During his June 26, 2017 interview with Judy Woodruff of PBS NewsHour, Warren Buffet said, “If you go to 1982, when Forbes put on their first 400 list, those people had a total of $93 billion. They now have $2.4 trillion, a multiple of 25 for one. This has been a prosperity that’s been disproportionately rewarding to the people on top.” Later he says, “The real problem, in my view, is – this has been – the prosperity has been unbelievable for the extremely rich people.”
On this topic, David Brooks wrote in a New York Times article, “There is a structural flaw in modern capitalism. Tremendous income gains are going to those in the top 20 percent, but prospects are diminishing for those in the middle and working classes”. To which professor Gabriel Zuchman of UC Berkeley tweeted a graph showing that in fact these tremendous income gains are going to the top 1%. With the largest amount of income growth going to the top .001%. While real annual income growth for the vast majority of Americans has been flat or negative.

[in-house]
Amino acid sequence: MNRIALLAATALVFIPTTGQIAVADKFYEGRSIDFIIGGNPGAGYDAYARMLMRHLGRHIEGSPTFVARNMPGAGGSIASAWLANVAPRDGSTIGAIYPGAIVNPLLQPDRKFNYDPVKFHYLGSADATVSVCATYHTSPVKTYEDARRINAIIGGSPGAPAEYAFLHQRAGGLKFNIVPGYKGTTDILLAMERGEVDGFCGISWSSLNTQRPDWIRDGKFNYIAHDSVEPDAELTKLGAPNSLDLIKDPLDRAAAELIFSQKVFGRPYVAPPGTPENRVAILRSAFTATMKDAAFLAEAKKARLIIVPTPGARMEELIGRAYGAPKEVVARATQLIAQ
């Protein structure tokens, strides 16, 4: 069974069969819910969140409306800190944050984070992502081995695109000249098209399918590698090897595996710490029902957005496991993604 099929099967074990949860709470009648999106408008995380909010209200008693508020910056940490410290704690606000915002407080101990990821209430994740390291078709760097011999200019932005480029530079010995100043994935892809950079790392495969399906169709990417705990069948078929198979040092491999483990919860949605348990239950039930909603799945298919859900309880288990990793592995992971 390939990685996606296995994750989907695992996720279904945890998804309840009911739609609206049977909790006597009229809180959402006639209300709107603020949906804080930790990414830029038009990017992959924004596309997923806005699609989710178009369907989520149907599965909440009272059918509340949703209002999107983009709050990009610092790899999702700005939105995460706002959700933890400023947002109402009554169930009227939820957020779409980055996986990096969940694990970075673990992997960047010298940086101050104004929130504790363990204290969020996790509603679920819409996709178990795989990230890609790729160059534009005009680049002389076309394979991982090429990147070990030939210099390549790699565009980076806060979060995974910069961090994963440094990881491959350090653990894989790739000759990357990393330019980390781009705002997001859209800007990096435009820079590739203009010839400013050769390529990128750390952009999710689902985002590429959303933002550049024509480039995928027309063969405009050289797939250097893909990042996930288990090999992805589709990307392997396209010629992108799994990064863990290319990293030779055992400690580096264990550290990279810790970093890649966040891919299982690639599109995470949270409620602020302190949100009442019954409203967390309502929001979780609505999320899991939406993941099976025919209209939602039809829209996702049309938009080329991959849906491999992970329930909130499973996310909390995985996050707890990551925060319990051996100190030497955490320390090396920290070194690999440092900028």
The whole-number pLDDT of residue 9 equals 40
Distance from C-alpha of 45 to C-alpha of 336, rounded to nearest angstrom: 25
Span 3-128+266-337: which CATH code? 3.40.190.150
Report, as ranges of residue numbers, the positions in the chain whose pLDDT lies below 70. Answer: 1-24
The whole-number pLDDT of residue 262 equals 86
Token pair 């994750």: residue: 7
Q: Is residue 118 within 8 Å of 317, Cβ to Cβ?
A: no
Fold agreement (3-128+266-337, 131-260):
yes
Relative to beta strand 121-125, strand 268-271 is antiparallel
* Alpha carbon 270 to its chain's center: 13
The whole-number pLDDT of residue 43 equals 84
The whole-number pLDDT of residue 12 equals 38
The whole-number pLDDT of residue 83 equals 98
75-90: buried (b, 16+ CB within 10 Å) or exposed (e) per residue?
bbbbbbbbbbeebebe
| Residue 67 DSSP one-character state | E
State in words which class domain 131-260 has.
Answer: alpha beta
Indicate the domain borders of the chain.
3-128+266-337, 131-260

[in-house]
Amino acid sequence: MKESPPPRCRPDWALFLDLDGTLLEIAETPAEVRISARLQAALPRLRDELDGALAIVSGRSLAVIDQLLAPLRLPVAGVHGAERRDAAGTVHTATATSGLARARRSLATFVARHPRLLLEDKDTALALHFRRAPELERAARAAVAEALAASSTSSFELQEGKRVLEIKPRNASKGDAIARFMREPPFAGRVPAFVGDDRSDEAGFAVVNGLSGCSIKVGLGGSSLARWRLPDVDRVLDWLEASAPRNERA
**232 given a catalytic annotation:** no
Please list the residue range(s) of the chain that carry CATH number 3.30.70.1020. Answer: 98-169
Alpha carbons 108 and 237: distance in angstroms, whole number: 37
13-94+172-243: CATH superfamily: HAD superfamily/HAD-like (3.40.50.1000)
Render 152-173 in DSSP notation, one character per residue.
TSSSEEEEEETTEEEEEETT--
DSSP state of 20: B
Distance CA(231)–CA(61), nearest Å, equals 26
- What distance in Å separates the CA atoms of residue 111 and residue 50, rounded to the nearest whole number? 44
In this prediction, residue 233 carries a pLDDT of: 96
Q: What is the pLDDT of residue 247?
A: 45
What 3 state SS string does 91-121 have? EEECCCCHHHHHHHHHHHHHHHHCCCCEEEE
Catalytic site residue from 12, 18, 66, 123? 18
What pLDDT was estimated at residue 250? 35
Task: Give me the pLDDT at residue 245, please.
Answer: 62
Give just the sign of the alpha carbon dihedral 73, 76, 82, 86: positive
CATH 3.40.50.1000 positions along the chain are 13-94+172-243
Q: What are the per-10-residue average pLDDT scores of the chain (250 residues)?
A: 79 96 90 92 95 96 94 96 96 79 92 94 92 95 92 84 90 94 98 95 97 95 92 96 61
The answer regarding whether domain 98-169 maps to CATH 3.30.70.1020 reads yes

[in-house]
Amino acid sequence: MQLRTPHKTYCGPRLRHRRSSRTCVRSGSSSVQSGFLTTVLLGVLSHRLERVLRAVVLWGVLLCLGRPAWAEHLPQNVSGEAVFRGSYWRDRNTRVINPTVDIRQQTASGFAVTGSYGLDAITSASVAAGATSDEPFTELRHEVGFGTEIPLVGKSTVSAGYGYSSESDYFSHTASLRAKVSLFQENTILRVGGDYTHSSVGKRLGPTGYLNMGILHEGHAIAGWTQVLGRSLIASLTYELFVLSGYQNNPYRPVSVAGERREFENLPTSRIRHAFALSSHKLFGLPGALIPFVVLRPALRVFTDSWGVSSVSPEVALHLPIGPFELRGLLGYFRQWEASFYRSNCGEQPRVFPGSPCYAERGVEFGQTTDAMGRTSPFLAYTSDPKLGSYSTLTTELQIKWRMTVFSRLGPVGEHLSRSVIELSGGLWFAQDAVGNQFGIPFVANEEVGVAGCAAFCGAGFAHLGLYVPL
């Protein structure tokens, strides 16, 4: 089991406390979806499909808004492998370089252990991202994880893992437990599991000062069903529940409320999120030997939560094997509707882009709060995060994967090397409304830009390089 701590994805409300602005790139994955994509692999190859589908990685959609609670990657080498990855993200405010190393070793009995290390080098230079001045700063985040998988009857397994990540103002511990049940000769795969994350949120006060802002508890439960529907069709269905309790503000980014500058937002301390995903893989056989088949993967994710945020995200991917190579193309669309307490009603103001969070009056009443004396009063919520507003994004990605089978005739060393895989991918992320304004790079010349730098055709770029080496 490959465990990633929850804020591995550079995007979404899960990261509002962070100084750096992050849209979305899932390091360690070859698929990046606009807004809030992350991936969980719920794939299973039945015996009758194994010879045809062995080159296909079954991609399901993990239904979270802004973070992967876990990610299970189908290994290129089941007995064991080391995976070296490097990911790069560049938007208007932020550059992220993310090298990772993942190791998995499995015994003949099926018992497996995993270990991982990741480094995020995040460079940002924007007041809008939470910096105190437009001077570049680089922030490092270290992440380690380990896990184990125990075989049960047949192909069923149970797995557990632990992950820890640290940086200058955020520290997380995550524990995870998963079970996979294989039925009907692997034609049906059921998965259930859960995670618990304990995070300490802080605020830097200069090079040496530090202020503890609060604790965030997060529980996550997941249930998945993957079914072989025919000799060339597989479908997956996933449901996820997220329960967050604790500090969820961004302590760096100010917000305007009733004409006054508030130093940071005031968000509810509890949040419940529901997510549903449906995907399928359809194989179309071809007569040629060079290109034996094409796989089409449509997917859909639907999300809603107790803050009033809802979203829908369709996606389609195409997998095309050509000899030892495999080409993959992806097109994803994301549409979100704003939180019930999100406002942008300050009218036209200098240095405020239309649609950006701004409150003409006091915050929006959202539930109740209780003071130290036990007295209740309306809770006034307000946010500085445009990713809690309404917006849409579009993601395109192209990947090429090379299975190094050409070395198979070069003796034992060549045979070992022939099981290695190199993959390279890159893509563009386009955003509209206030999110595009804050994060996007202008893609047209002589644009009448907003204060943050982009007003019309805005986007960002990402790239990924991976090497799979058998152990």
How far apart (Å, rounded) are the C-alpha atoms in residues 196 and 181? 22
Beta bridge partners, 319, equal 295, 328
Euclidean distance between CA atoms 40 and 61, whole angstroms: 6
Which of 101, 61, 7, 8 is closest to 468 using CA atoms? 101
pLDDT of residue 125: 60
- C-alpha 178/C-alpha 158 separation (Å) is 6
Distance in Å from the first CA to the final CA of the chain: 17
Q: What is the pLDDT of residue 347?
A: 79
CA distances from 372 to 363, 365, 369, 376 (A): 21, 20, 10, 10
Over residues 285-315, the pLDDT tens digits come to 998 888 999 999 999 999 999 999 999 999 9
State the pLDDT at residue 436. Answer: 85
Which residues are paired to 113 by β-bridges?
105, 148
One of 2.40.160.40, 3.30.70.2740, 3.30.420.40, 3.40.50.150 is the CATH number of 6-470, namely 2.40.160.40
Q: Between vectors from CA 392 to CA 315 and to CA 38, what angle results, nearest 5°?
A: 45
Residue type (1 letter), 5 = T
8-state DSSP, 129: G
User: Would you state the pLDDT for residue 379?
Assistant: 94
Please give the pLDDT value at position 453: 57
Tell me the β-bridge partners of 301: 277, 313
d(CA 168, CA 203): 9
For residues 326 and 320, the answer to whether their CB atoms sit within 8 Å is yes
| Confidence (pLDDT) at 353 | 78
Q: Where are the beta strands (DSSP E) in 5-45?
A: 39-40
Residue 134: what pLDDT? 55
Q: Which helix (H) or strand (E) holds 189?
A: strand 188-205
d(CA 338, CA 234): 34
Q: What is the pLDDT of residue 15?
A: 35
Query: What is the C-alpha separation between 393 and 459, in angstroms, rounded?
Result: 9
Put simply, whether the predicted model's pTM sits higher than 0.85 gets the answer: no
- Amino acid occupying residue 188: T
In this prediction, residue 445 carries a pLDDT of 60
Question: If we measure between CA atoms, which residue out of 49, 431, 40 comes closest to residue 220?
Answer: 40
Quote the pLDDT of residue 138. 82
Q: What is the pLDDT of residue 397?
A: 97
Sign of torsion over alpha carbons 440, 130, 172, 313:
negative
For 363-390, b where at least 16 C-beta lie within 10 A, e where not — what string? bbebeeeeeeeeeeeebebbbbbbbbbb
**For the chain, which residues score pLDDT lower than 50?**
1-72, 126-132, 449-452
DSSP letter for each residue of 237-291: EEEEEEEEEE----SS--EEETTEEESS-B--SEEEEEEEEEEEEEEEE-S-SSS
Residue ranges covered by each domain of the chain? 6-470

— Gabriel Zucman (@gabriel_zucman) August 8, 2017
The idea of income inequality is not a new concept, as with all things macroeconomic, over time the measure of income inequality expands and contracts. However, the current trend seems to be picking up steam. Based on another UC Berkeley professors findings, Emmanuel Saez, in 1982, the highest-earning 1% of families received 10.8% of all pretax income, while the bottom 90% received 64.7%. Now, three decades later, the top 1% received 22.5% of pretax income, while the bottom 90%’s share had fallen to 49.6%. These are all similar findings and illustrate a growing frustration within society.
Does all of this data indicate that there has been a breakdown in the U.S. economic model? Based on Labor Department reporting the economy is essentially at full employment. However, significant wage growth has not occurred for the vast majority of Americans. I don’t believe this is an issue of timing, check back in a couple years of sustained full employment and it’s possible that the trend illustrated on the chart above will reverse, but I’m not confident.